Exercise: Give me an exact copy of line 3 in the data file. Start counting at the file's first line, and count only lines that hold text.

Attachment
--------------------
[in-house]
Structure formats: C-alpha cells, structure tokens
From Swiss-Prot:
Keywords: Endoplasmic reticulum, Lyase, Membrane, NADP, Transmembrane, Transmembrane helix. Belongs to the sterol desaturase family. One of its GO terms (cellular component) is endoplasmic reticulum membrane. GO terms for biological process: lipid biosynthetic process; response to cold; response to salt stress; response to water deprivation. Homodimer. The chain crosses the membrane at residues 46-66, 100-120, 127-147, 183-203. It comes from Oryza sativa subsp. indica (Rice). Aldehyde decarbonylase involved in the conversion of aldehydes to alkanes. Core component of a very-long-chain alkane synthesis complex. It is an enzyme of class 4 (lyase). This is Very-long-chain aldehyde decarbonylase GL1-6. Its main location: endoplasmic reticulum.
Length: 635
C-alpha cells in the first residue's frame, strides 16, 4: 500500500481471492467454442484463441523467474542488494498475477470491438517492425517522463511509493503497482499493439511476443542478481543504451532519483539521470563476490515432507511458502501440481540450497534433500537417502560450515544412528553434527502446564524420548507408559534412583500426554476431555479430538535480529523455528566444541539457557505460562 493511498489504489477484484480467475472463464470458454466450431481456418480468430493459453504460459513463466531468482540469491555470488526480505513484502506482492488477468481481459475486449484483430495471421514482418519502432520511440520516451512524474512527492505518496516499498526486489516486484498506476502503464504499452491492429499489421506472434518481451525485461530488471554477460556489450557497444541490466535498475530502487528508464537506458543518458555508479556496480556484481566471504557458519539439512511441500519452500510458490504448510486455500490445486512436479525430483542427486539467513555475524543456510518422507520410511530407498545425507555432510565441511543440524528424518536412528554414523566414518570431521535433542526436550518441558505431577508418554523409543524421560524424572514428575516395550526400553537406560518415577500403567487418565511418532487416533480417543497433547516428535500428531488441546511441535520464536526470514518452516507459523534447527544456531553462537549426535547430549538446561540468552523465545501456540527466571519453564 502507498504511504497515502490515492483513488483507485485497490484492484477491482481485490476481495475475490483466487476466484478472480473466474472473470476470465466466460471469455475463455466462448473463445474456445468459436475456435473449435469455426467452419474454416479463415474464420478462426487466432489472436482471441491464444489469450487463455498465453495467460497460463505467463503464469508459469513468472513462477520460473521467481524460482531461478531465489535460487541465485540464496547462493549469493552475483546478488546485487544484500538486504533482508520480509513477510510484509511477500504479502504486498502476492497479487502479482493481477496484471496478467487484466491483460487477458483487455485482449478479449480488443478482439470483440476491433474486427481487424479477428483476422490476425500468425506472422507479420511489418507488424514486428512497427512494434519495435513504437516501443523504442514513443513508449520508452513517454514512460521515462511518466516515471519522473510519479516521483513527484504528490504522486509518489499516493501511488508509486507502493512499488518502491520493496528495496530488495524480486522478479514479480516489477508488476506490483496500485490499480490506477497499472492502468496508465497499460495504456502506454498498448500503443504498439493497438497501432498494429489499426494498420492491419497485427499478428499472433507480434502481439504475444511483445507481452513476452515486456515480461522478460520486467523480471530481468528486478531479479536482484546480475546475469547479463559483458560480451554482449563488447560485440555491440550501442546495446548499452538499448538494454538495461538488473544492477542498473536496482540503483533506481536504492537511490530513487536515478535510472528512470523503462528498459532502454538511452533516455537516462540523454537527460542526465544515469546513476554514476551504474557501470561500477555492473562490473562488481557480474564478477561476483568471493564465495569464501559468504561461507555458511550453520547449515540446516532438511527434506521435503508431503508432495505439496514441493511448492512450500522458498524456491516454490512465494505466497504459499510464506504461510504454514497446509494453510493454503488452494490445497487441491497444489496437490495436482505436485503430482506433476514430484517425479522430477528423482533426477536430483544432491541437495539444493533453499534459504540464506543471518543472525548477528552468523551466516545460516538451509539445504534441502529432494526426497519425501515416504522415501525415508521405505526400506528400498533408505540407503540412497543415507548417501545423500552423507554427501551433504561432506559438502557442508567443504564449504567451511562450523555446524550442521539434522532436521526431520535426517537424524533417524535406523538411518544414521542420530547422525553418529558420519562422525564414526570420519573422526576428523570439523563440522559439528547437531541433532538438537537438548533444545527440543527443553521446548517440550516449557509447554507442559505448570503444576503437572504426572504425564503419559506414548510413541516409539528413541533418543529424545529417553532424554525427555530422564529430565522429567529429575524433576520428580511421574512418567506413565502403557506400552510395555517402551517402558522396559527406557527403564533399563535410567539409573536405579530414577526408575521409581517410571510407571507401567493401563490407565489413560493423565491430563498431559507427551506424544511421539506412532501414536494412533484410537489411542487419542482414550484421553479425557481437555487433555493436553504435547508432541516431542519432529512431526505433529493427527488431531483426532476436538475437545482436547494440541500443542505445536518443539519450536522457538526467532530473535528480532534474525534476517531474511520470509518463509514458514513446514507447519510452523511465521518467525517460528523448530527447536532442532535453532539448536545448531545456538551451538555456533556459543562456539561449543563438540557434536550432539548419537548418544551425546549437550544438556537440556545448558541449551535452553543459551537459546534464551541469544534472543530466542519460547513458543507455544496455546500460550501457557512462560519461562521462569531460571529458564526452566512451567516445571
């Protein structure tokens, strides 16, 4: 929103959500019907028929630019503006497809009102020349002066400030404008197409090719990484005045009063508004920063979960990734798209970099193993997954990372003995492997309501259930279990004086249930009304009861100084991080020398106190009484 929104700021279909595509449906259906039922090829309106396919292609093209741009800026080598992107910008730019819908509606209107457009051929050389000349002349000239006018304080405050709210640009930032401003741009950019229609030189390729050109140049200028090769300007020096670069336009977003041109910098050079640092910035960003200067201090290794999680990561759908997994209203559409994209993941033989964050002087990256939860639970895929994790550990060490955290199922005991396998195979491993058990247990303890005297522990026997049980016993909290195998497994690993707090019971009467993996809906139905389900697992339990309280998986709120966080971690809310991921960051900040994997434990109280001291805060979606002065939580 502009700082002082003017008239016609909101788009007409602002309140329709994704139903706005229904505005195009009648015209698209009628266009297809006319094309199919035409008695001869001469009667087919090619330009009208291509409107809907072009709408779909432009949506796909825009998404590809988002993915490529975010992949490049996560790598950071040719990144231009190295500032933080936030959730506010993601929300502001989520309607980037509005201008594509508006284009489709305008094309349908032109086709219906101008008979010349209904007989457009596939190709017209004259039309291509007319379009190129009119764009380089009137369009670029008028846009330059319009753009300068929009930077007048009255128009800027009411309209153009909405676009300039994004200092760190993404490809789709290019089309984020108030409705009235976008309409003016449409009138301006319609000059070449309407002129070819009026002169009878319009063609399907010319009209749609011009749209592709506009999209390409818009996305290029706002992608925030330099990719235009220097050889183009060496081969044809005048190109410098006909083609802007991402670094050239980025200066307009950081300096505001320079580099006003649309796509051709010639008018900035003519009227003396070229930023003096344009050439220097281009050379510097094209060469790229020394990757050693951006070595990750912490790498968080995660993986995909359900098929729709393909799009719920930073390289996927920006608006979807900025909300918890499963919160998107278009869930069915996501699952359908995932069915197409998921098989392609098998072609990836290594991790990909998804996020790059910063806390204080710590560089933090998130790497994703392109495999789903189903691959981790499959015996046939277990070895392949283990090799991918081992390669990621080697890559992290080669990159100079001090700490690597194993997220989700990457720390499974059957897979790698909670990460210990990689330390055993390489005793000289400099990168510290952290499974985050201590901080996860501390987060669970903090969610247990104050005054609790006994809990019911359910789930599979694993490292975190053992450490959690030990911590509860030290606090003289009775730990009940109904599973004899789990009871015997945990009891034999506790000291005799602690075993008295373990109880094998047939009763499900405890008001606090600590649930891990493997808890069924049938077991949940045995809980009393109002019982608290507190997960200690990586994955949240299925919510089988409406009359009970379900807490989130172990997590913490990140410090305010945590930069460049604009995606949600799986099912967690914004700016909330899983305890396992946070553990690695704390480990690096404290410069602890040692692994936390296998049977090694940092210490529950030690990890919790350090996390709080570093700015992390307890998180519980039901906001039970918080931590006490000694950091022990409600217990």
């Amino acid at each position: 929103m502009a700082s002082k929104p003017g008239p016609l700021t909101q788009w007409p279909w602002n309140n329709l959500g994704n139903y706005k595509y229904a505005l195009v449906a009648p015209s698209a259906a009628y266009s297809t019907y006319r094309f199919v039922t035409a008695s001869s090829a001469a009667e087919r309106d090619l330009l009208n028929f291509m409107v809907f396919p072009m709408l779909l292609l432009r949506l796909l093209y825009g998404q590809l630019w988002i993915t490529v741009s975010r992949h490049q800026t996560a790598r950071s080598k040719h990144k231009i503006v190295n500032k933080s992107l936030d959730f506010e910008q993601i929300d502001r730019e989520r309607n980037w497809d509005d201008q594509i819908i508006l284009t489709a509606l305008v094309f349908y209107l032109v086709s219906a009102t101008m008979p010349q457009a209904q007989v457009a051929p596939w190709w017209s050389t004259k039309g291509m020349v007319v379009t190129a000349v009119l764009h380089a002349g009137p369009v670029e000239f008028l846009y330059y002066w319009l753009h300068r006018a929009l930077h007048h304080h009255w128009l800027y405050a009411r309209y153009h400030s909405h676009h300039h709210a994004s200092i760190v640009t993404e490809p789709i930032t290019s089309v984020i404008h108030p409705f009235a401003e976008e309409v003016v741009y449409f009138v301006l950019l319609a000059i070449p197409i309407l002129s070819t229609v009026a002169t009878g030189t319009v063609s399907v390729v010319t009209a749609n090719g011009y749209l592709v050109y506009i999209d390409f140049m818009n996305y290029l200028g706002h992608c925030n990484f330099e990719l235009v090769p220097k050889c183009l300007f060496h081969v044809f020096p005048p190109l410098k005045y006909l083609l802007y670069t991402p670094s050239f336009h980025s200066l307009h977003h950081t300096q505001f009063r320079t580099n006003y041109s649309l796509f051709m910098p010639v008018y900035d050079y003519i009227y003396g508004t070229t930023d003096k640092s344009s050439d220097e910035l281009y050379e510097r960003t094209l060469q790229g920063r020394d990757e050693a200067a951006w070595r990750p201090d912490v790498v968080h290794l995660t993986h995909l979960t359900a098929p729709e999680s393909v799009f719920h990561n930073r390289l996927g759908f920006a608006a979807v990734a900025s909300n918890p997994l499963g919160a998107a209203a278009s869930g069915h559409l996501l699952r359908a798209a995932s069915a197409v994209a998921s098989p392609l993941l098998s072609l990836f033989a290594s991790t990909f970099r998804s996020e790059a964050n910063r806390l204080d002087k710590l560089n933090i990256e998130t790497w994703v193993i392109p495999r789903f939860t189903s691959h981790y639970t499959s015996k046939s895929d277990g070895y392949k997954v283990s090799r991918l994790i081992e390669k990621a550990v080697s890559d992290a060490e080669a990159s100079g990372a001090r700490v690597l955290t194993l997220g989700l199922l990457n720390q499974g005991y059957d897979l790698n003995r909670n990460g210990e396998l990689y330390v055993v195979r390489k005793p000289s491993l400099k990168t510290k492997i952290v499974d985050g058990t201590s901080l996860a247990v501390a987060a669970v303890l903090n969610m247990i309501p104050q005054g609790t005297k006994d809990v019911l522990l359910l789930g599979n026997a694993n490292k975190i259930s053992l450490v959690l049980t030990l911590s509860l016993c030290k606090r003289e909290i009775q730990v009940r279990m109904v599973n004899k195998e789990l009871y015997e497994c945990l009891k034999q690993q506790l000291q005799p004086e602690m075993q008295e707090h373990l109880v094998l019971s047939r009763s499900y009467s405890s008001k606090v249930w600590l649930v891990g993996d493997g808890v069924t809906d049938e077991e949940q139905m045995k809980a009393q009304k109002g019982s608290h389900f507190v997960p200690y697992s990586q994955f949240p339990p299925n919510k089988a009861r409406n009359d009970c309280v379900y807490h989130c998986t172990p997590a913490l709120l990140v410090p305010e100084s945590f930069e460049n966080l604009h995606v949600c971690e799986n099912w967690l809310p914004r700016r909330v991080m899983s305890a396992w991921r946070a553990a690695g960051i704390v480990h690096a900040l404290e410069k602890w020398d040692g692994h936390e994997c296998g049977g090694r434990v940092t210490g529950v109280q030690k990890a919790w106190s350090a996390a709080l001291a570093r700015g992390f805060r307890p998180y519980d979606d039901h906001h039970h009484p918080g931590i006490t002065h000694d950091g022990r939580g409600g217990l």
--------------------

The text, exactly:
From Swiss-Prot: